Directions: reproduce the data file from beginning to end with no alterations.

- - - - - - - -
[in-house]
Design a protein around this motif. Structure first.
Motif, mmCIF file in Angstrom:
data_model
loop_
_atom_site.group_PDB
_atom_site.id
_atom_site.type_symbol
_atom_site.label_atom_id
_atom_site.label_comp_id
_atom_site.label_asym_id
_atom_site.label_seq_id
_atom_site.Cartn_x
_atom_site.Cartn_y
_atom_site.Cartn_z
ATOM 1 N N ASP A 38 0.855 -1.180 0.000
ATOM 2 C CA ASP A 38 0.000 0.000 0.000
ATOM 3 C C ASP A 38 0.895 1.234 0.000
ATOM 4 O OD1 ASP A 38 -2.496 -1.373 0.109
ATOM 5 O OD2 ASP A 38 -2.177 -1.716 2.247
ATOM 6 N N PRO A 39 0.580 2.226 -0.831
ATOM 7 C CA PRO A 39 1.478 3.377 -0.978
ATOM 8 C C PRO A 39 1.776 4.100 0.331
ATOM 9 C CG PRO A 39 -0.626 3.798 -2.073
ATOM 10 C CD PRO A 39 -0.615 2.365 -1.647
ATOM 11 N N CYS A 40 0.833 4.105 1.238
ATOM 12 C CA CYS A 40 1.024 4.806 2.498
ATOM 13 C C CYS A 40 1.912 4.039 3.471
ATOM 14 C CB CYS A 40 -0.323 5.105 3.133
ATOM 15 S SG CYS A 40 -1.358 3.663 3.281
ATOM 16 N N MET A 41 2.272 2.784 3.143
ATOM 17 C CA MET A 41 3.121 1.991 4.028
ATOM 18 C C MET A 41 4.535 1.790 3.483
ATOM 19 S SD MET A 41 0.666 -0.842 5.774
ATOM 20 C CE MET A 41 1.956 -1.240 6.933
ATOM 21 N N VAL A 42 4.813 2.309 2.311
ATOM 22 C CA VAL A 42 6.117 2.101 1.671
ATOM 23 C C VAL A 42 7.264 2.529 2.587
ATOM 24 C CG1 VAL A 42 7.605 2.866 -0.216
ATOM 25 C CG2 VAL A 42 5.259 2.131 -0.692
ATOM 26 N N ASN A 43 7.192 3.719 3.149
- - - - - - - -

[in-house]
Design a protein around this motif. Structure first.
Motif, mmCIF file in Angstrom:
data_model
loop_
_atom_site.group_PDB
_atom_site.id
_atom_site.type_symbol
_atom_site.label_atom_id
_atom_site.label_comp_id
_atom_site.label_asym_id
_atom_site.label_seq_id
_atom_site.Cartn_x
_atom_site.Cartn_y
_atom_site.Cartn_z
ATOM 1 N N ASP A 38 0.855 -1.180 0.000
ATOM 2 C CA ASP A 38 0.000 0.000 0.000
ATOM 3 C C ASP A 38 0.895 1.234 0.000
ATOM 4 O OD1 ASP A 38 -2.496 -1.373 0.109
ATOM 5 O OD2 ASP A 38 -2.177 -1.716 2.247
ATOM 6 N N PRO A 39 0.580 2.226 -0.831
ATOM 7 C CA PRO A 39 1.478 3.377 -0.978
ATOM 8 C C PRO A 39 1.776 4.100 0.331
ATOM 9 C CG PRO A 39 -0.626 3.798 -2.073
ATOM 10 C CD PRO A 39 -0.615 2.365 -1.647
ATOM 11 N N CYS A 40 0.833 4.105 1.238
ATOM 12 C CA CYS A 40 1.024 4.806 2.498
ATOM 13 C C CYS A 40 1.912 4.039 3.471
ATOM 14 C CB CYS A 40 -0.323 5.105 3.133
ATOM 15 S SG CYS A 40 -1.358 3.663 3.281
ATOM 16 N N MET A 41 2.272 2.784 3.143
ATOM 17 C CA MET A 41 3.121 1.991 4.028
ATOM 18 C C MET A 41 4.535 1.790 3.483
ATOM 19 S SD MET A 41 0.666 -0.842 5.774
ATOM 20 C CE MET A 41 1.956 -1.240 6.933
ATOM 21 N N VAL A 42 4.813 2.309 2.311
ATOM 22 C CA VAL A 42 6.117 2.101 1.671
ATOM 23 C C VAL A 42 7.264 2.529 2.587
ATOM 24 C CG1 VAL A 42 7.605 2.866 -0.216
ATOM 25 C CG2 VAL A 42 5.259 2.131 -0.692
ATOM 26 N N ASN A 43 7.192 3.719 3.149